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# Constructing a Huffman code

HUFFMAN( )
1 n |C|
2 Q C
3 for i 1 to n 1
4 do allocate a new node z
5 left[z] x EXTRACT-MIN(Q)
6 right[z] y EXTRACT-MIN(Q)
7 f[z] f[x] + f[y]
8 INSERT(Q,Z)
9 return EXTRACT-MIN(Q)

Complexity: O( log )

Dynamic Programming
is typically applied to
optimization problems. In such problem there
can be . Each solution has a
value, and we wish to find with the
optimal value.
The development of a dynamic programming
algorithm can be broken into a sequence of four
steps:
1. Characterize the structure of an optimal solution.
2. Recursively define the value of an optimal solution.
3. Compute the value of an optimal solution in a bottom-up
fashion.
4. Construct an optimal solution from computed information.

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Assembly-Line Scheduling
An automobile chassis enters each assembly line, has parts
added to it at a number of stations, and a finished auto
exits at the end of the line.
Each assembly line has n stations, numbered j = 1, 2,...,n.
We denote the jth station on line i ( where i is 1 or 2) by Si,j.
The jth station on line 1 (S1,j) performs the same function as
the jth station on line 2 (S2,j).
The stations were built at different times and with different
technologies, however, so that the time required at each
station varies, even between stations at the same position
on the two different lines. We denote the assembly time
required at station Si,j by ai,j.
As the coming figure shows, a chassis enters station 1 of
one of the assembly lines, and it progresses from each
station to the next. There is also an entry time ei for the
chassis to enter assembly line i and an exit time xi for the
completed auto to exit assembly line i.

A Manufacturing Problem:
Find Fast Way Through A Factory

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A Manufacturing Problem:
Find Fast Way Through A Factory
Normally, once a chassis enters an assembly line, it
passes through that line only. The time to go from
one station to the next within the same assembly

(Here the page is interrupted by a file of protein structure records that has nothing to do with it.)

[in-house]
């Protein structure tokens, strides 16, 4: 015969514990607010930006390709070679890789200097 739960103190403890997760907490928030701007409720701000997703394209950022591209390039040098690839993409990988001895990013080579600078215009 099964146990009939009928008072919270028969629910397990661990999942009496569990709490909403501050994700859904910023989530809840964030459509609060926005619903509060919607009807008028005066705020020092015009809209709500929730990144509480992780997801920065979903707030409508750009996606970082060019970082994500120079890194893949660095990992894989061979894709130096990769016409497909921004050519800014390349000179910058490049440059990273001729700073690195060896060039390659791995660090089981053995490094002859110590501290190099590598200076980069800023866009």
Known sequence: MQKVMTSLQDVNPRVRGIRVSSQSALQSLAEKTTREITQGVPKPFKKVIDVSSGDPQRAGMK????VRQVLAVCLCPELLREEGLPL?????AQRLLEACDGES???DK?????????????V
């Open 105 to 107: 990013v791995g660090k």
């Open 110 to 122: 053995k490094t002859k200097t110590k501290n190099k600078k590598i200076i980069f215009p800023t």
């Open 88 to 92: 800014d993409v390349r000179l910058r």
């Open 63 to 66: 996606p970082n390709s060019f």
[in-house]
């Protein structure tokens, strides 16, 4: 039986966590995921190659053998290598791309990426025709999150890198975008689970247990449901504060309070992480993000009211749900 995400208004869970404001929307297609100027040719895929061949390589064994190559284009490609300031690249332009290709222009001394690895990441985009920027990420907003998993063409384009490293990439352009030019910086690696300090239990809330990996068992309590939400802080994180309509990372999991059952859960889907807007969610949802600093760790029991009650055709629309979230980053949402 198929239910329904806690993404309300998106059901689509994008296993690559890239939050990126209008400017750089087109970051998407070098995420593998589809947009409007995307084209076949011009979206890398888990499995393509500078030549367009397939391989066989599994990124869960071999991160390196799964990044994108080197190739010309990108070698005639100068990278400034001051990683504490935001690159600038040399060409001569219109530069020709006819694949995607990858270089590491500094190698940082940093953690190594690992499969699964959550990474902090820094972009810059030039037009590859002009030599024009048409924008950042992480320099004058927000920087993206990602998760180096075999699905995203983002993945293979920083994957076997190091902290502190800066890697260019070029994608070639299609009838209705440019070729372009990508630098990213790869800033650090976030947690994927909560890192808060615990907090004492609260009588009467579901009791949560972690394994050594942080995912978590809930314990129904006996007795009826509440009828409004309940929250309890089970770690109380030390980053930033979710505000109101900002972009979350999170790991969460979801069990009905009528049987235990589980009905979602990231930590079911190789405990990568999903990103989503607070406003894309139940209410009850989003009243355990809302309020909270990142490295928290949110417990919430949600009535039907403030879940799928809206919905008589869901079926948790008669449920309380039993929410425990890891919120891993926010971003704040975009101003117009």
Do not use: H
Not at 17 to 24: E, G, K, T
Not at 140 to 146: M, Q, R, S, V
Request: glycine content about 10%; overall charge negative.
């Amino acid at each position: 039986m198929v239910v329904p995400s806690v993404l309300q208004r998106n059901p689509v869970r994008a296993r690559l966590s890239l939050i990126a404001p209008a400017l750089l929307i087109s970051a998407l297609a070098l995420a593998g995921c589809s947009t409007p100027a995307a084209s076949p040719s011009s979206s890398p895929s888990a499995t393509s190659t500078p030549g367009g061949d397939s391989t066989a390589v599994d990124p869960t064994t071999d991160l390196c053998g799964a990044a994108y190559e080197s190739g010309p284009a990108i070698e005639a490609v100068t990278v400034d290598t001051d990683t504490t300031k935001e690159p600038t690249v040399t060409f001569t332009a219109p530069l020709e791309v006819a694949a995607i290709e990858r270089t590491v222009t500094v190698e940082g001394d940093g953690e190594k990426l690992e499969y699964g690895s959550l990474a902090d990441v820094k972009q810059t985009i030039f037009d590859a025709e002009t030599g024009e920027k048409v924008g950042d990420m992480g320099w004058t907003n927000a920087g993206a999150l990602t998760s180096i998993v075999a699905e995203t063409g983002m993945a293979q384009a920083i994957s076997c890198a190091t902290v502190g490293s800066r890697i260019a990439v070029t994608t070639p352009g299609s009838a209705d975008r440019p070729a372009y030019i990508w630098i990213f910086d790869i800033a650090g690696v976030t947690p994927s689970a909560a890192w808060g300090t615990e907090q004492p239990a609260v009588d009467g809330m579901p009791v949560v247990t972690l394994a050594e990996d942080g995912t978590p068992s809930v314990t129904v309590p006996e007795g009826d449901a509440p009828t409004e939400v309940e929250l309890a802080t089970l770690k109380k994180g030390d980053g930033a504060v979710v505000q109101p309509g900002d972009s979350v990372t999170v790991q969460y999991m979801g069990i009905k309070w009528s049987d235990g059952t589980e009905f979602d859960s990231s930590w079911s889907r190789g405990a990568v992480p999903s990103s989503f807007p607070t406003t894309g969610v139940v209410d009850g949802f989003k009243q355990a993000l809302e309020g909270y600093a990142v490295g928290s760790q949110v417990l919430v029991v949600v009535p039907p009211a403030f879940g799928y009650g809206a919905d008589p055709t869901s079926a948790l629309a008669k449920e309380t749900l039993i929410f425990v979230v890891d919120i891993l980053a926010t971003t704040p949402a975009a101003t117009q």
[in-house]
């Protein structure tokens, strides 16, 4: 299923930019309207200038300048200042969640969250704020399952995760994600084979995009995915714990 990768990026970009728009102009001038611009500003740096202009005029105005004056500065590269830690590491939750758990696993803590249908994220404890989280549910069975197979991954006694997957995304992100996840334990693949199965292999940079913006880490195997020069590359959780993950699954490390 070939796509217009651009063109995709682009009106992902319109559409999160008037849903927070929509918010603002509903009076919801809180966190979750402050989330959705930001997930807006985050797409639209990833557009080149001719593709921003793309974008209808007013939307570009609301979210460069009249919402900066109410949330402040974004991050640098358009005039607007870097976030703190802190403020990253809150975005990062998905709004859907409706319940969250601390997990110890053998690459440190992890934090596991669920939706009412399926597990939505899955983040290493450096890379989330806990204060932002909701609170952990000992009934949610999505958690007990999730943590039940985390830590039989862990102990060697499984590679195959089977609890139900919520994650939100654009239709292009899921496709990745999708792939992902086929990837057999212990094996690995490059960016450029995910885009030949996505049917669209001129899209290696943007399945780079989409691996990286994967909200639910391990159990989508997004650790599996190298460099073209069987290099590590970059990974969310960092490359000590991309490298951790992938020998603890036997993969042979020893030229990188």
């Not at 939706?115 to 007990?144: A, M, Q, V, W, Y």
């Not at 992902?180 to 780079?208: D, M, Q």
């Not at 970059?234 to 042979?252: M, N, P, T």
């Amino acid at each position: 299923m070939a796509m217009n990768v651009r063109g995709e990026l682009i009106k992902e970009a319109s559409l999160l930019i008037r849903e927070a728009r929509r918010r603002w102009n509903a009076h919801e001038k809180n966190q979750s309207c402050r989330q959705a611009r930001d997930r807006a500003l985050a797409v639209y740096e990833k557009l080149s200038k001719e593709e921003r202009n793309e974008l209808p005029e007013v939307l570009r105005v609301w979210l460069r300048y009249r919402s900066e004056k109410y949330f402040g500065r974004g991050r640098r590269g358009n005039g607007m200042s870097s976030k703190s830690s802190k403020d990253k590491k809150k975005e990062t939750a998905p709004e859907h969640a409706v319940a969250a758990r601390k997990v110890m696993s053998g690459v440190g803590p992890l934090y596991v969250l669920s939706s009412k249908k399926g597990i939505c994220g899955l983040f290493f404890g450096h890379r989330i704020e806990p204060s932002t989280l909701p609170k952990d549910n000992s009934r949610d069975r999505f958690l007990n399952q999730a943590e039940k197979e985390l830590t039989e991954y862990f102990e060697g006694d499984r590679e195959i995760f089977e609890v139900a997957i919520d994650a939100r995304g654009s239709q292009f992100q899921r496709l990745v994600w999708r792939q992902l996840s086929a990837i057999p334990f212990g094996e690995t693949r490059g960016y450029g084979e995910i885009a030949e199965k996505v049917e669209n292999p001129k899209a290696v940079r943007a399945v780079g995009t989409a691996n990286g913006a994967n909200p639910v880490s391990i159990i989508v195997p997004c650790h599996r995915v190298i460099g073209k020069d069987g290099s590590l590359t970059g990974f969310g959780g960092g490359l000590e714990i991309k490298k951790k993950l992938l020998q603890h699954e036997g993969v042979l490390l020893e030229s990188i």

line is negligible.
Occasionally, a special rush order comes in, and
the customer wants the automobile to be
manufactured as quickly as possible.
For the rush orders, the chassis still passes through
the n stations in order, but the factory manager
may switch the partially-completed auto from one
assembly line to the other after any station.

A Manufacturing Problem:
Find Fast Way Through A Factory
The time to transfer a chassis away from assembly
line i after having gone through station Sij is ti,j,
where i = 1, 2 and j = 1, 2, ..., n-1 (since after the
nth station, assembly is complete).
The problem is to determine which stations to
choose from line 1 and which to choose from line 2
in order to minimize the total time through the
factory for one auto.

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A Manufacturing Problem:
Find Fast Way Through A Factory

## Step1: The structure of the fastest

way through the factory
the fast way through station S1,j is either
the fastest way through Station S1,j-1 and then directly through
station S1,j, or
the fastest way through station S2,j-1, a transfer from line 2 to
line 1, and then through station S1,j.
Using symmetric reasoning, the fastest way through
station S2,j is either
the fastest way through station S2,j-1 and then directly through
Station S2,j, or
the fastest way through station S1,j-1, a transfer from line 1 to
line 2, and then through Station S2,j.

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Step 2: A recursive solution
The fast time is denoted by
f* = min (f1[n]+x1, f2[n]+x2)
where n is the station
e1 a1,1 if• j• 1,
f1[ j ]
min( f1[ j 1] a1, j , f 2 [ j 1] t 2, j 1 a1, j ) if• j• 2
e2 a2,1 if• j• 1,
f2[ j]
min( f 2 [ j 1] a2, j , f1[ j 1] t1, j 1 a2, j ) if• j• 2

## Step 3: Computing the fastest times

Simple method of recursive algorithm for above
equations that running time is exponential in n:
Let ri(j) be the number of references made to fi[j] in a recursive algorithm.
r1(n) = r2(n) = 1
r1(j) = r2(j) = r1(j+1) + r2(j+1) for j=1, 2, , n-1
Since ri(j)= 2n-j, thus f1[1]=2n-1
The total number of references to all fi[j] values is (2n).
We can do much better if we compute the fi[j] values in
different order from the recursive way.
Observe that for j 2, each value of fi[j] depends only on the values of
f1[j-1] and f2[j-1].

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FASTEST-WAY procedure
FASTEST-WAY(a, t, e, x, n)
1 f1[1] e1 + a1,1 ;
2 f2[1] e2 + a2,1 ;
3 for j 2 to n
4 do if f1[j-1] + a1,j f2[j-1] + t2,j-1 +a1,j
5 then f1[j] f1[j-1] + a1,j ; l1[j] 1 ;
6 else f1[j] f2[j-1] + t2,j-1 +a1,j ; l1[j] 2;

## 7 if f2[j-1] + a2, j f1[j-1] + t1,j-1 +a2,j

8 then f2[j] f2[j 1] + a2,j ; l2[j] 2
9 else f2[j] f1[j 1] + t1,j-1 + a2,j ; l2[j] 1;

10 if f1[n] + x1 f2[n] + x2
11 then f* = f1[n] + x1 ; l* = 1 ; (n)
12 else f* = f2[n] + x2 ; l* = 2 ;

## Step 4: Constructing the fastest way

through the factory
output
PRINT-STATIONS(l, n)
1 i l* line 1, station 6
2 print line i ,station n line 2, station 5
3 for j n downto 2 line 2, station 4
4 do i li[j] line 1, station 3
5 print line i ,station j 1 line 2, station 2
line 1, station 1
l* = 1, use station S1,6
l1[6] = 2, use station S2,5
l2[5] = 2, use station S2,4
l2[4] = 1, use station S1,3
l1[3] = 2, use station S2,2
l2[2] = 1, use station S1,1

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